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Using social media to strengthen public awareness of wildlife conservation

Published on Mar 1, 2018in Ocean & Coastal Management2.595
· DOI :10.1016/j.ocecoaman.2017.12.010
Yinglin Wu4
Estimated H-index: 4
(STU: Shantou University),
Ling Xie1
Estimated H-index: 1
(STU: Shantou University)
+ 3 AuthorsWenhua Liu4
Estimated H-index: 4
(STU: Shantou University)
Source
Abstract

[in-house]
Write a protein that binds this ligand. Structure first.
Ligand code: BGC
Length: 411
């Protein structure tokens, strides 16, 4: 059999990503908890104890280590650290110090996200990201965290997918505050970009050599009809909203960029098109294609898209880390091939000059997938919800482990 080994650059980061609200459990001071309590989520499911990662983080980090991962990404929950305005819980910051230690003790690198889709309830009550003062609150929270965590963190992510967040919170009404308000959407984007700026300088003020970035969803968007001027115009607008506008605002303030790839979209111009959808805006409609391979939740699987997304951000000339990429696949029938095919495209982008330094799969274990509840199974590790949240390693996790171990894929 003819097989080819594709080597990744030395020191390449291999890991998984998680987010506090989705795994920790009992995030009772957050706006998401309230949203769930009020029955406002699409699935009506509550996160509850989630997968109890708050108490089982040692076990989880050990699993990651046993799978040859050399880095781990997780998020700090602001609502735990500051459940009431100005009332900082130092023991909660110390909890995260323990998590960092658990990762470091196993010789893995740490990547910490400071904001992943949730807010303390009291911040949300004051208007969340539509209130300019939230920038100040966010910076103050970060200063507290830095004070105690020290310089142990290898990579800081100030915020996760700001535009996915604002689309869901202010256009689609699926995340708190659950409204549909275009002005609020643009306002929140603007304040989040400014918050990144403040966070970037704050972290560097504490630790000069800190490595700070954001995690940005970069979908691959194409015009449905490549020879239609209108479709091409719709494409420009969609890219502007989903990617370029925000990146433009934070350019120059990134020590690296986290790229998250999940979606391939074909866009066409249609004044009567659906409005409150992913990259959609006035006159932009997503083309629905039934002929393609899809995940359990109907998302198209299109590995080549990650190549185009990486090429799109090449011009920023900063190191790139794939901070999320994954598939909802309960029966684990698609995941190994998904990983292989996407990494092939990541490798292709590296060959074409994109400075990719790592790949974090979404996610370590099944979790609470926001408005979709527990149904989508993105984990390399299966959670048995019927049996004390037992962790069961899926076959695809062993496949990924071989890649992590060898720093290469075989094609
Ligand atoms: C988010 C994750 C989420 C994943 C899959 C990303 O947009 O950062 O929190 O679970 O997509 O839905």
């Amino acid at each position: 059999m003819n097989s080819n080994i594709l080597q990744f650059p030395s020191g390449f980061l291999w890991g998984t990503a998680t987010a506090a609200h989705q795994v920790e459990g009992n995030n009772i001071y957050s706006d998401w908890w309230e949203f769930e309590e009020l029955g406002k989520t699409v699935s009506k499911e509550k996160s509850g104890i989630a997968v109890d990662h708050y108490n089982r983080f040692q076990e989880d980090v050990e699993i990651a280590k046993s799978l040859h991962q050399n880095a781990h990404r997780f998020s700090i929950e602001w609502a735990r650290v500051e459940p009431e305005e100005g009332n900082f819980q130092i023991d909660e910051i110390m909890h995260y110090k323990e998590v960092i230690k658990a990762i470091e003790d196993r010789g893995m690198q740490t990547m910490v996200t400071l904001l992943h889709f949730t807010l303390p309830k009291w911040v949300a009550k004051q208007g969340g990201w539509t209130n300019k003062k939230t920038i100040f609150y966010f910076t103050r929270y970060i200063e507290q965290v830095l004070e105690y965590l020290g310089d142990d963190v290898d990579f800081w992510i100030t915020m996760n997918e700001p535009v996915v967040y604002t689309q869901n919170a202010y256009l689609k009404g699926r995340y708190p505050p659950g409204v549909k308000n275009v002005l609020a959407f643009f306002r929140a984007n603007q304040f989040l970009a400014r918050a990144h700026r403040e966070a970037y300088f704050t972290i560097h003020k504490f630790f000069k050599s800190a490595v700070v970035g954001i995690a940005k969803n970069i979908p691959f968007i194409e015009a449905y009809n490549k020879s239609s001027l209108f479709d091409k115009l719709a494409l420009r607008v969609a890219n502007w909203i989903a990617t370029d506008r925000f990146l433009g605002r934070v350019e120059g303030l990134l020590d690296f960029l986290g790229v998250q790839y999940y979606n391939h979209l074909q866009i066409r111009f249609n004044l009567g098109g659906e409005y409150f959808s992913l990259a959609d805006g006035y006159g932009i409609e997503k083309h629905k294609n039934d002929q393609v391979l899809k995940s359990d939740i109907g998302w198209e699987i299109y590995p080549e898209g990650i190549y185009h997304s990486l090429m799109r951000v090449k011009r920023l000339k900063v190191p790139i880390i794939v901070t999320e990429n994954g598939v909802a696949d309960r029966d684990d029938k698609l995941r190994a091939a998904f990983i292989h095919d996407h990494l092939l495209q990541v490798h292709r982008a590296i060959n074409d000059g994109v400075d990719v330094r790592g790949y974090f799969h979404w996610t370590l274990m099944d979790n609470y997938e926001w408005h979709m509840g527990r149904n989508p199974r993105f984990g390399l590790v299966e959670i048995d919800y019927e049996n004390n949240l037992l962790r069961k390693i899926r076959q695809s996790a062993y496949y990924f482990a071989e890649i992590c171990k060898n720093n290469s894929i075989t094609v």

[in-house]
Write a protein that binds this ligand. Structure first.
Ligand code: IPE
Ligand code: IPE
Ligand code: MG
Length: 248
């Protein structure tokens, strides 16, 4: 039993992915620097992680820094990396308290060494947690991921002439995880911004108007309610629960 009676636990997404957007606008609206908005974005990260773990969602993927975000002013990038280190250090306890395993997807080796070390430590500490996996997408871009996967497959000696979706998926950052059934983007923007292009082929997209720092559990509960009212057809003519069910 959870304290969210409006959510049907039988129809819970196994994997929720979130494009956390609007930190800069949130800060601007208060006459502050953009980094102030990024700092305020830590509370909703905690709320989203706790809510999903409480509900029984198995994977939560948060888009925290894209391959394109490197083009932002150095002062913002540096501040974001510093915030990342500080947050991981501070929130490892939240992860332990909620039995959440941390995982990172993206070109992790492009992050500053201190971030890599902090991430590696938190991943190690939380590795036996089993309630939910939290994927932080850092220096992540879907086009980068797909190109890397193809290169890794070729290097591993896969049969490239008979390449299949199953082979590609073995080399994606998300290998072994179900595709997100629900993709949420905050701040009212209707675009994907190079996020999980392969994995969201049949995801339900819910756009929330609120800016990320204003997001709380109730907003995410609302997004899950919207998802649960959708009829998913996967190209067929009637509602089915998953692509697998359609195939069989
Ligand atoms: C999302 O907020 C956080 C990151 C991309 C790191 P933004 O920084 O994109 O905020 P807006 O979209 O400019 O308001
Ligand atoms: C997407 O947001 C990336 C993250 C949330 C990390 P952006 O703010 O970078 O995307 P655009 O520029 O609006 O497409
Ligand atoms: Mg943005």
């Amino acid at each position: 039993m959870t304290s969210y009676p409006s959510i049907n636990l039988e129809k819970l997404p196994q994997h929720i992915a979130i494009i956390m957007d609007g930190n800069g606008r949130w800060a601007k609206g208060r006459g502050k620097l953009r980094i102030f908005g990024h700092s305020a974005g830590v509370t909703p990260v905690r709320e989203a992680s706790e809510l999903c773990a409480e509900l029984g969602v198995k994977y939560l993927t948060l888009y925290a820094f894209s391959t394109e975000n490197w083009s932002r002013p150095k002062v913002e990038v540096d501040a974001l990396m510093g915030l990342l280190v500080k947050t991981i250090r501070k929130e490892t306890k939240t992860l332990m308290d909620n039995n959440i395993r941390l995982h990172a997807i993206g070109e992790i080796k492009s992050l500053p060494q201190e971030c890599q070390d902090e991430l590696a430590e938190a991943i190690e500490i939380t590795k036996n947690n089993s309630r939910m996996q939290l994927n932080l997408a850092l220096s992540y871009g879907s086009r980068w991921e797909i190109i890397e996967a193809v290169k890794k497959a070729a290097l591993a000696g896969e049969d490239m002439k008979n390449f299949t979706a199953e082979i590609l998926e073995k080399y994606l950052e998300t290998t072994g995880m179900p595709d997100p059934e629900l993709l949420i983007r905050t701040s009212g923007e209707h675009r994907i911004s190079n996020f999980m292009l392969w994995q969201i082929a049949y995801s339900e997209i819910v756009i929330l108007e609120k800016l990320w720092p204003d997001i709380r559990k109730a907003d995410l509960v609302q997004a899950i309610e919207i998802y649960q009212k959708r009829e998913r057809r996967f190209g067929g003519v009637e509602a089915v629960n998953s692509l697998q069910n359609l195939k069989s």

Abstract While heightening public awareness through social media can enhance wildlife conservation and management efforts, the influence of media content and quality in relation to these efforts is poorly understood. In this study, online news and related public comments on the Indo-Pacific humpback dolphin (Sousa chinensis), one of China's flagship species, was collected and evaluated to determine the performance of media news releases in strengthening public awareness. Media releases on the incidents of dolphins straying into freshwater systems at Dongping, Beijiang, and Baisha Rivers, in the Pearl River Delta of China were examined. WeChat, the largest social networking platform in China, was used as the data source. Generalized linear model (GLM) was used to test the news popularity by publisher type, title tone, picture counts, and word counts. Content analysis (CA) was used for mining wildlife conservation information in articles and identifying public opinions. GLM results showed that three publishers (traditional, governmental and private) as well as articles with more pictures attracted greater online readerships. CA results showed that articles were unable to popularize wildlife conservation knowledge, and the public was highly doubtful about conservation efforts by the government and experts. The finding here suggests that greater attention is needed for depicting and delivering conservation knowledge (e.g., rescue methods, biological features), negative impact on wildlife by diverse human behavior, and detailed proper descriptions to promote public awareness on wildlife conservation using multi-faceted thinking so as to reduce public misunderstanding of policymakers and experts. A suggested concerted framework could help strengthen wildlife management through social media.
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